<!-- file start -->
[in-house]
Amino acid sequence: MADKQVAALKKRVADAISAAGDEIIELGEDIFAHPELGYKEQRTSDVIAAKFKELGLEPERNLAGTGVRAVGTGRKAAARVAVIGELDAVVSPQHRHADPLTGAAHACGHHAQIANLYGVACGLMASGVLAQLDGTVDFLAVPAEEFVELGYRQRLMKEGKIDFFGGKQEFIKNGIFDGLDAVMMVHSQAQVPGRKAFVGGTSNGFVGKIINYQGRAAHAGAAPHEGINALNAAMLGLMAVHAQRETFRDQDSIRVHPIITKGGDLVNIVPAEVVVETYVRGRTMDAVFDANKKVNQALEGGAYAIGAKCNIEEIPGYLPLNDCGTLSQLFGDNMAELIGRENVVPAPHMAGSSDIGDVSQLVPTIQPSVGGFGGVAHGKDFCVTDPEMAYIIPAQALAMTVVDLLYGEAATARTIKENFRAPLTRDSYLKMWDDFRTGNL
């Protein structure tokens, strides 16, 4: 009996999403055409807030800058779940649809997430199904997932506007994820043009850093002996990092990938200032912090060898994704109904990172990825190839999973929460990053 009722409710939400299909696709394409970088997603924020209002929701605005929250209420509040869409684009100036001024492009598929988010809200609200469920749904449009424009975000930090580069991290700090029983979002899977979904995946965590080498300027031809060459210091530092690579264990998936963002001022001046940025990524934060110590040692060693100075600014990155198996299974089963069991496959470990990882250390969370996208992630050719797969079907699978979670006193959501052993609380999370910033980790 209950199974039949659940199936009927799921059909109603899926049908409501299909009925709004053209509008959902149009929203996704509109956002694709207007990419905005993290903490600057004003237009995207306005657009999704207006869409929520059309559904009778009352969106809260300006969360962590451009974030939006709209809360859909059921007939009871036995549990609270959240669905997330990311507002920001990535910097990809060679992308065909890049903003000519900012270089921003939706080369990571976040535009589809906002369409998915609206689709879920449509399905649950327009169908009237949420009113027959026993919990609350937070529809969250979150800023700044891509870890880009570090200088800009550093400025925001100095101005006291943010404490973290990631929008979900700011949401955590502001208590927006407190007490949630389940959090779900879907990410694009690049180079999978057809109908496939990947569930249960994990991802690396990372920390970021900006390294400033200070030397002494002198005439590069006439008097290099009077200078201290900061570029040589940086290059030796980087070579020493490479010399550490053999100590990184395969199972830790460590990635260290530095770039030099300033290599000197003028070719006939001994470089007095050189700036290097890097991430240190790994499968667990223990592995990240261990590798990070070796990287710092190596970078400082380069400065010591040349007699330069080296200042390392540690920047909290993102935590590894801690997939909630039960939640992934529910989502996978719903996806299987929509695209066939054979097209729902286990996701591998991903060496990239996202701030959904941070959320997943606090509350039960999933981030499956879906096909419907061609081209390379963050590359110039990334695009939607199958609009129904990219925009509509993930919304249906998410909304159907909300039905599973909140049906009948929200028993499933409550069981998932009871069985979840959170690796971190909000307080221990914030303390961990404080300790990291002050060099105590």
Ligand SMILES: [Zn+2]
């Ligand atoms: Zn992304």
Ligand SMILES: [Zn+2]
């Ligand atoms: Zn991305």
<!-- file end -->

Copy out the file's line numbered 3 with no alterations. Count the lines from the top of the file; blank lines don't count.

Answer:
């Protein structure tokens, strides 16, 4: 009996999403055409807030800058779940649809997430199904997932506007994820043009850093002996990092990938200032912090060898994704109904990172990825190839999973929460990053 009722409710939400299909696709394409970088997603924020209002929701605005929250209420509040869409684009100036001024492009598929988010809200609200469920749904449009424009975000930090580069991290700090029983979002899977979904995946965590080498300027031809060459210091530092690579264990998936963002001022001046940025990524934060110590040692060693100075600014990155198996299974089963069991496959470990990882250390969370996208992630050719797969079907699978979670006193959501052993609380999370910033980790 209950199974039949659940199936009927799921059909109603899926049908409501299909009925709004053209509008959902149009929203996704509109956002694709207007990419905005993290903490600057004003237009995207306005657009999704207006869409929520059309559904009778009352969106809260300006969360962590451009974030939006709209809360859909059921007939009871036995549990609270959240669905997330990311507002920001990535910097990809060679992308065909890049903003000519900012270089921003939706080369990571976040535009589809906002369409998915609206689709879920449509399905649950327009169908009237949420009113027959026993919990609350937070529809969250979150800023700044891509870890880009570090200088800009550093400025925001100095101005006291943010404490973290990631929008979900700011949401955590502001208590927006407190007490949630389940959090779900879907990410694009690049180079999978057809109908496939990947569930249960994990991802690396990372920390970021900006390294400033200070030397002494002198005439590069006439008097290099009077200078201290900061570029040589940086290059030796980087070579020493490479010399550490053999100590990184395969199972830790460590990635260290530095770039030099300033290599000197003028070719006939001994470089007095050189700036290097890097991430240190790994499968667990223990592995990240261990590798990070070796990287710092190596970078400082380069400065010591040349007699330069080296200042390392540690920047909290993102935590590894801690997939909630039960939640992934529910989502996978719903996806299987929509695209066939054979097209729902286990996701591998991903060496990239996202701030959904941070959320997943606090509350039960999933981030499956879906096909419907061609081209390379963050590359110039990334695009939607199958609009129904990219925009509509993930919304249906998410909304159907909300039905599973909140049906009948929200028993499933409550069981998932009871069985979840959170690796971190909000307080221990914030303390961990404080300790990291002050060099105590």